Distant neighbours

Key findings
  • The London Living Wage is no longer enough to support many people in Islington, even if they have social housing.
  • By 2020 most people on middle incomes will have been squeezed out of Islington by rising living costs.
  • Negative effects of economic inequality are being felt by rich and poor residents of Islington.

Share this:

Photo credit: © Simon Townsley

October 3, 2013 // Written by:

Joe Penny, Researcher, Social Policy
Faiza Shaheen, Senior Researcher, Economic Inequality
Sarah Lyall, Researcher, Social Policy

Poverty is deepening and inequality is widening in Islington. After five years of economic uncertainty, public sector cuts, and now welfare reform, lower-income residents are under more pressure than ever. The gap between the wealthiest and the rest is growing as house prices and wage polarisation squeeze middle-income families. By 2020, Islington will be a starkly polarised and unequal borough. Despite these challenges this report shows that local actors can make a difference in the face of change. It identifies key areas in which action can make a positive difference to the lives of Islington residents, now and in the long run.

This report is about poverty and inequality in Islington. Through interviews with low and high earners in the borough, as well as statistical analysis of key trends, Distant neighbours explores:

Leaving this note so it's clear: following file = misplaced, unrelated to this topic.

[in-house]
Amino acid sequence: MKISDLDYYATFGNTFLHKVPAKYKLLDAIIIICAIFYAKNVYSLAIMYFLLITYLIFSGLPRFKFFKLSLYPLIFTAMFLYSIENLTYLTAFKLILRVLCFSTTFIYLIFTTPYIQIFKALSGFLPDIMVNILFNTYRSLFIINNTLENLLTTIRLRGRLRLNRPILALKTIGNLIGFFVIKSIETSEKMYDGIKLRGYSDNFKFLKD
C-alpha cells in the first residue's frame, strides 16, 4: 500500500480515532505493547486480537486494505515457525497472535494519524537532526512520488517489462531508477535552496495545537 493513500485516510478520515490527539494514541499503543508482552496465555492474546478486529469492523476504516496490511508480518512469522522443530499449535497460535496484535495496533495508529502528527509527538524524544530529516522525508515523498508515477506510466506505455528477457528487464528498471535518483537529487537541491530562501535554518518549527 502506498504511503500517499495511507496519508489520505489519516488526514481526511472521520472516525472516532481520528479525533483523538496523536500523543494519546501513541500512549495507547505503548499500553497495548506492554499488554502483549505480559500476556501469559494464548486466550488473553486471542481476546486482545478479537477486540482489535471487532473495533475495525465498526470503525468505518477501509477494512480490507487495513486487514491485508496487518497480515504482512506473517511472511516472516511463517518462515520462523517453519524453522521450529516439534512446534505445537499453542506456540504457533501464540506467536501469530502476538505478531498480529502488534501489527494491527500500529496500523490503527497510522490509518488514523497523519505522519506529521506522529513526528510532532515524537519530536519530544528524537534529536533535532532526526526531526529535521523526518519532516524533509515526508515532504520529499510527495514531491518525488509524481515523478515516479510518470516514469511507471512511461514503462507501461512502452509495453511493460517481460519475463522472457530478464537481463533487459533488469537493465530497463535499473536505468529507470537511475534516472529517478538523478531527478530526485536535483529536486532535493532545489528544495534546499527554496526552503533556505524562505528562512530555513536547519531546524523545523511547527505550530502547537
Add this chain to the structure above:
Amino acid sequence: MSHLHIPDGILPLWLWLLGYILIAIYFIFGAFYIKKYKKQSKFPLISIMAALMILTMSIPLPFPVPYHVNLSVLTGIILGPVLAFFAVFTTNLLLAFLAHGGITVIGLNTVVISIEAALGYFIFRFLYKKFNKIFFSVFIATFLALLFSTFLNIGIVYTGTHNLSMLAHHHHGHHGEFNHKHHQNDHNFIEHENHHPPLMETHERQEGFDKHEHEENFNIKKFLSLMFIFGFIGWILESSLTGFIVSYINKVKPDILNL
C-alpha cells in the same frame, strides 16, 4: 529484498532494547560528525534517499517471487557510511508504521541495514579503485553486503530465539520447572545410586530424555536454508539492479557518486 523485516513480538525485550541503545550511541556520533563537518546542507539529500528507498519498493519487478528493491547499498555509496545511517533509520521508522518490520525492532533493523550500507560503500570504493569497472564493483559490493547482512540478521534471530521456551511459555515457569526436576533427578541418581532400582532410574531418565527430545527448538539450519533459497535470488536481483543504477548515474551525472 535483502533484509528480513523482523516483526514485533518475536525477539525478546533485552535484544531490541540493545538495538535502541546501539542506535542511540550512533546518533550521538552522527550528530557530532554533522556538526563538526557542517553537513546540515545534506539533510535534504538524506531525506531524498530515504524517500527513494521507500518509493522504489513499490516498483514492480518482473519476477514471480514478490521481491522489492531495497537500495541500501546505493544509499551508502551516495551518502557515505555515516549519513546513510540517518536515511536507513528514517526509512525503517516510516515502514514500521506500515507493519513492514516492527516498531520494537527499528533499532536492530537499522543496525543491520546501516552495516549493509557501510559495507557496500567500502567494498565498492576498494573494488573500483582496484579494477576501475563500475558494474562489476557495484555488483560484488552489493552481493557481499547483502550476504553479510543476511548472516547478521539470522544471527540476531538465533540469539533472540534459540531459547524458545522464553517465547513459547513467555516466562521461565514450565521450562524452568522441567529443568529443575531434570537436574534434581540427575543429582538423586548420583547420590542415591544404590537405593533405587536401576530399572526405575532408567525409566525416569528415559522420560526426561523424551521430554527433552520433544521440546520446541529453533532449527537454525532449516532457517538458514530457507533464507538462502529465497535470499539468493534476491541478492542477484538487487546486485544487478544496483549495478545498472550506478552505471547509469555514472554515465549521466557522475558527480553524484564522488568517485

In contrast to its image of boutique shops, top-end restaurants, and a thriving night life, Islington has long been a borough of entrenched poverty and wide inequalities. In 2008, Cripplegate Foundation’s report Invisible Islington painted a rich picture of the lives of the borough’s lower-income residents. It showed how people were struggling with worklessness, debt, social isolation, and poor physical and mental health. Our research suggests that over the last five years poverty has deepened and inequality has widened.

The issues raised in this report are both wide ranging and complex. However, action to address poverty and inequality in Islington is possible. Cripplegate Foundation, keen to learn about residents’ experiences of poverty and inequality and thus inform its future work, commissioned this report. Based on our findings we identify three broad areas for action. These range from opportunities for immediate local action, to longer-term preventative measures, to advocating for wider change beyond the borough.



Download free PDF

nef publications are licensed under a Creative Commons license. You are free to quote, copy and share this publication, as long as you attribute it to nef and do not use it for commerical purposes. Please contact us if you are interested in translating a nef publication.

comments powered by Disqus

More Publications

Publication // December 3, 2015

Democracy: the missing link in the devolution debate

A briefing from NEF and the University of Sheffield


Publication // November 23, 2015

Inequality in Elmbridge

Exploring the Surrey borough’s hidden challenges